The evolving dynamics of the direct-to-consumer market


The evolving dynamics of the direct-to-consumer market

David Carr

Mahabis, the upmarket slipper maker and one time DTC (direct-to-consumer) poster child is in administration, but the brand began with a business model rather than a product, says David Carr, Strategy Director at Digitas. And other DTC brands are also feeling the pinch.

Direct-to-consumer brands are “shaking up retail”. They are “disrupting CPG”. They are “killing the big brands” and, in the words of Terry Kawaja of LUMA Partners, they are the reason you need to “Fire your CMO”.

The headlines are alarmingly impressive for a +20-year-old channel where no one can agree on the name.

DTC, d2c, DNVBs (Digitally-native vertical brands), Instabrands, digital-private-label…the explosion of terms is on a par with the proliferation of products and brands in the brave new dis-intermediated marketplace.

Whenever someone claims that [X] is going to kill [Y], or [A] is going to disrupt the entire [B] category or [C] industry, the answer is often “maybe but not in the way you think”. Video did not kill the radio star or else I wouldn’t be sitting on nagging recommendations to listen to several hundred Podcasts.

What is exciting is that the collision forges both parties into something new.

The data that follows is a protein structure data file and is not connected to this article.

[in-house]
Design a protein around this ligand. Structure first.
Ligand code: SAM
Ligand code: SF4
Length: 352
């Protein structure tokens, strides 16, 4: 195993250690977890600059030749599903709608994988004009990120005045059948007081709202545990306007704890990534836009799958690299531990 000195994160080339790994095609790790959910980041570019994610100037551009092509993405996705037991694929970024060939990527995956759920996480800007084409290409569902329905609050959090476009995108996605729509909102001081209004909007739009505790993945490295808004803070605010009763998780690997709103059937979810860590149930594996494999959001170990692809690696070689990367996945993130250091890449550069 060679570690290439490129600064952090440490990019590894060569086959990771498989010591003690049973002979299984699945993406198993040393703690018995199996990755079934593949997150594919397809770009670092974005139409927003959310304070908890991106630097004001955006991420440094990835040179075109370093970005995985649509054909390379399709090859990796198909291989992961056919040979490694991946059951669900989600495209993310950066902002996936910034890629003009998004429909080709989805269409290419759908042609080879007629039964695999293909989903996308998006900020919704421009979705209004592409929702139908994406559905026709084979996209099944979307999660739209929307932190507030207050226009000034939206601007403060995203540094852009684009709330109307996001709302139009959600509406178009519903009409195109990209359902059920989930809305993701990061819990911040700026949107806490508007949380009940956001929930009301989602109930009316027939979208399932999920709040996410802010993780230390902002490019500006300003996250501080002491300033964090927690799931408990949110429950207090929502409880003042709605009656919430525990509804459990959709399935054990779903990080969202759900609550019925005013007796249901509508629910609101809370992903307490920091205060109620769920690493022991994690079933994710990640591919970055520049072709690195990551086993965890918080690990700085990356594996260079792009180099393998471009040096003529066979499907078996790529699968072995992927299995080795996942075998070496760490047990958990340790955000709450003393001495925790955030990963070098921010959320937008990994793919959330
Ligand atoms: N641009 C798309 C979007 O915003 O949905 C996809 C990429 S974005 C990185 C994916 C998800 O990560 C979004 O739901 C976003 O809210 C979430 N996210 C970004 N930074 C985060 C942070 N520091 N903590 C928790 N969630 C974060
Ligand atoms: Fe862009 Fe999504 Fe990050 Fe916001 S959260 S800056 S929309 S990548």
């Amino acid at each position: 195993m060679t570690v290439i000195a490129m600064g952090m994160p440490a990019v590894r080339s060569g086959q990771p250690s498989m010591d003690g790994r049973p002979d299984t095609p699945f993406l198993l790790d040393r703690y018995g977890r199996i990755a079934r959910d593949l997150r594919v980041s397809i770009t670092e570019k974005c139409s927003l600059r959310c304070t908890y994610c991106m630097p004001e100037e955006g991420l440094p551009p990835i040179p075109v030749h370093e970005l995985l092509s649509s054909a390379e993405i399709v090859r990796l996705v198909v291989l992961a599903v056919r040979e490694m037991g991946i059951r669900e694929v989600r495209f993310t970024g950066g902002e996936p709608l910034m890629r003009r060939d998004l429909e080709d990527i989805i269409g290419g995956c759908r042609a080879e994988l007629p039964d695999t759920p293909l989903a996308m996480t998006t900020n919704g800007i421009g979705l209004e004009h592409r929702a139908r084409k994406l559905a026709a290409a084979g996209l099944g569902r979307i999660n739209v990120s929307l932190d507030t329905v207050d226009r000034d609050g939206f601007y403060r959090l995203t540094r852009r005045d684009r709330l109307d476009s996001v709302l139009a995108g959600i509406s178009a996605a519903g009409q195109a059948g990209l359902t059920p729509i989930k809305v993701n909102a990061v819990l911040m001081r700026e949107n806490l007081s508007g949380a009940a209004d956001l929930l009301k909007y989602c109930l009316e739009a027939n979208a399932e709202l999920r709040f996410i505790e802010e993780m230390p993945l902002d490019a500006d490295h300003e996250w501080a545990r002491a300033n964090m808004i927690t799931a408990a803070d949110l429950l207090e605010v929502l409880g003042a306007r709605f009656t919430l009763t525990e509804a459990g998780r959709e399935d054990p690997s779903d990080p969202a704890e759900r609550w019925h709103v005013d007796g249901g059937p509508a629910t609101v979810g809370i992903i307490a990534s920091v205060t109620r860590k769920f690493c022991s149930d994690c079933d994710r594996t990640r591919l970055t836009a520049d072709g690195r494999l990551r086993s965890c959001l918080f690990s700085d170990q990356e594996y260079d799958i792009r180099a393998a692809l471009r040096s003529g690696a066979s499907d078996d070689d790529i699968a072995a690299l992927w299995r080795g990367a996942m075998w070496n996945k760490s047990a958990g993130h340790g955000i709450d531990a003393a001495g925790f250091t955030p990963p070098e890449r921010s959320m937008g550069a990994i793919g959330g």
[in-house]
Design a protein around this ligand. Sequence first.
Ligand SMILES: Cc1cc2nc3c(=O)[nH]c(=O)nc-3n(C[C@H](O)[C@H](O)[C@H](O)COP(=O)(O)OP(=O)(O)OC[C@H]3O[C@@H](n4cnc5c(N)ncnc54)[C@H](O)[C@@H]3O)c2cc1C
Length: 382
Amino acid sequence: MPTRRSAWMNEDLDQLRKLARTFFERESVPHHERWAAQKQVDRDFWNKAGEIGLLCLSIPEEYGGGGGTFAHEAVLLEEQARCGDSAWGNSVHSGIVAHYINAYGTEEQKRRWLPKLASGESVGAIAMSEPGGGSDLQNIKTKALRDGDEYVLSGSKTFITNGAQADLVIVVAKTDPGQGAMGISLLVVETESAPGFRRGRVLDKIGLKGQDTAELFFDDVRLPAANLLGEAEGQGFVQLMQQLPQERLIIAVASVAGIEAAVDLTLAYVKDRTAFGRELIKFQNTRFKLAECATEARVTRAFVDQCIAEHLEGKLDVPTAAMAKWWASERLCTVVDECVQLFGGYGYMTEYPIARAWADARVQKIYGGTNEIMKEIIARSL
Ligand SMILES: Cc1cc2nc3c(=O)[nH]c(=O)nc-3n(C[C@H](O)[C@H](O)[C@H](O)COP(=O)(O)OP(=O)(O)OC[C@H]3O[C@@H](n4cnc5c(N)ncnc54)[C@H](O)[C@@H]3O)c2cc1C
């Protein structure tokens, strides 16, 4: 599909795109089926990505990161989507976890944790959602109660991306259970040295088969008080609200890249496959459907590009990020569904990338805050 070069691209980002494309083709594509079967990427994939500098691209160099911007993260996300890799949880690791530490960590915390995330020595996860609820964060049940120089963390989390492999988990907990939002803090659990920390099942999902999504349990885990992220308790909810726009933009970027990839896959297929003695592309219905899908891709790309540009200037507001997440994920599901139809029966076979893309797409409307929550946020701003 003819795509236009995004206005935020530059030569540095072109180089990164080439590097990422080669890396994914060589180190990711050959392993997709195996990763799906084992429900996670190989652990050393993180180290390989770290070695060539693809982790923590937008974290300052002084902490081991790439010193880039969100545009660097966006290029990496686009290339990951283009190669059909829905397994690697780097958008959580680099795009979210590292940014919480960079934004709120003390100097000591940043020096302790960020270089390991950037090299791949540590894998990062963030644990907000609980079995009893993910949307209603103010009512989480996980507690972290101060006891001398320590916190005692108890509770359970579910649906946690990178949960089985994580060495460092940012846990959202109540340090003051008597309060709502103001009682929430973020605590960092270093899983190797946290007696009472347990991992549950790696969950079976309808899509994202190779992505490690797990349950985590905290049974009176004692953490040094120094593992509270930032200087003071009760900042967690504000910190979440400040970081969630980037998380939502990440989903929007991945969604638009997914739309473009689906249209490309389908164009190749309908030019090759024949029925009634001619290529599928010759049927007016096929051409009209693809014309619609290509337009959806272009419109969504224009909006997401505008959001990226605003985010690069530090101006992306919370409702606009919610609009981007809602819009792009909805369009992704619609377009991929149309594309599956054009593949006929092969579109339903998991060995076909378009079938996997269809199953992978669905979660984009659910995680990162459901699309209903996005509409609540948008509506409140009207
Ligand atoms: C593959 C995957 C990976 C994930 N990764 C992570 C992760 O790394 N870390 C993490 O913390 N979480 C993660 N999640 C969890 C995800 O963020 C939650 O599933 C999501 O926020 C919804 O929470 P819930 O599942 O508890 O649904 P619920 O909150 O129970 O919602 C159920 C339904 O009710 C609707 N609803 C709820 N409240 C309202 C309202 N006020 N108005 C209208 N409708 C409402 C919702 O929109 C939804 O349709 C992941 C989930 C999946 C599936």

Channelling George Box’s “All Models are wrong, some are useful” mantra I believe:

  1. Don’t believe the DTC hype-merchants or the newly-fashionable contrarians: DTC has changed marketing but not as either agenda would have us believe. DTC’s Darwinian customer-centricity has established a blueprint for effective digital channel marketing excellence, in so doing it has raised the consumer expectations that all brands must meet.
  2. DTC brands have delivered a jolt to complacent brands who have been delivering product ‘innovations’ that are really marginal improvements and too focused on cost-cutting. Big brands need to re-focus on consumer insight combining non-commoditised data with empathy to deliver ‘demand-led growth’, particularly in a world of zero-based budgeting.
  3. Marketers need to learn outside their direct competition. Think about experiential and perceptual competition. Watch how those DTC brands operate — where they spend money, who they spend it with, and how they’re organised internally.
  4. Traditional brands should use their scale, access, partners and potential for long-term, detail thinking. This can often be a luxury for a DTC brand. Let it nurture customer obsession and more distinctive emotional propositions. Think about the interplay between the marketing budget and the often comparably vast trade budget. 5–7% of trade budgets go to retailer media which is often inefficient and ripe for re-evaluation.

Read the full article on WARC here.